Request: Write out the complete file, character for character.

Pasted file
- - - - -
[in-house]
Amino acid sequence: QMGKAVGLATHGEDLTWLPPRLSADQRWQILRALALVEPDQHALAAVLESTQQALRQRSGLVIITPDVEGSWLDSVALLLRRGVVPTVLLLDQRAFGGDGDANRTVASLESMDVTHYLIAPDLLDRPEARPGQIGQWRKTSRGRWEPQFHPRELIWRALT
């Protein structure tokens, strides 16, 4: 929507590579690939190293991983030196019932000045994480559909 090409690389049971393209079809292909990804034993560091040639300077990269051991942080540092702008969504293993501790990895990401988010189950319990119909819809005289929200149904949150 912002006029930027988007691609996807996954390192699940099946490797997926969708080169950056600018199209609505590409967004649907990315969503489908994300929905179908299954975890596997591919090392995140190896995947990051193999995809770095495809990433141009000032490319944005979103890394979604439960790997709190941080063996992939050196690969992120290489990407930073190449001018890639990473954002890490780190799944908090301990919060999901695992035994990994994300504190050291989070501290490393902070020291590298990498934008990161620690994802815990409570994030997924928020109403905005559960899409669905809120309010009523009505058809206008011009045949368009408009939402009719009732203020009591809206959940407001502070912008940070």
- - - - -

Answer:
[in-house]
Amino acid sequence: QMGKAVGLATHGEDLTWLPPRLSADQRWQILRALALVEPDQHALAAVLESTQQALRQRSGLVIITPDVEGSWLDSVALLLRRGVVPTVLLLDQRAFGGDGDANRTVASLESMDVTHYLIAPDLLDRPEARPGQIGQWRKTSRGRWEPQFHPRELIWRALT
């Protein structure tokens, strides 16, 4: 929507590579690939190293991983030196019932000045994480559909 090409690389049971393209079809292909990804034993560091040639300077990269051991942080540092702008969504293993501790990895990401988010189950319990119909819809005289929200149904949150 912002006029930027988007691609996807996954390192699940099946490797997926969708080169950056600018199209609505590409967004649907990315969503489908994300929905179908299954975890596997591919090392995140190896995947990051193999995809770095495809990433141009000032490319944005979103890394979604439960790997709190941080063996992939050196690969992120290489990407930073190449001018890639990473954002890490780190799944908090301990919060999901695992035994990994994300504190050291989070501290490393902070020291590298990498934008990161620690994802815990409570994030997924928020109403905005559960899409669905809120309010009523009505058809206008011009045949368009408009939402009719009732203020009591809206959940407001502070912008940070």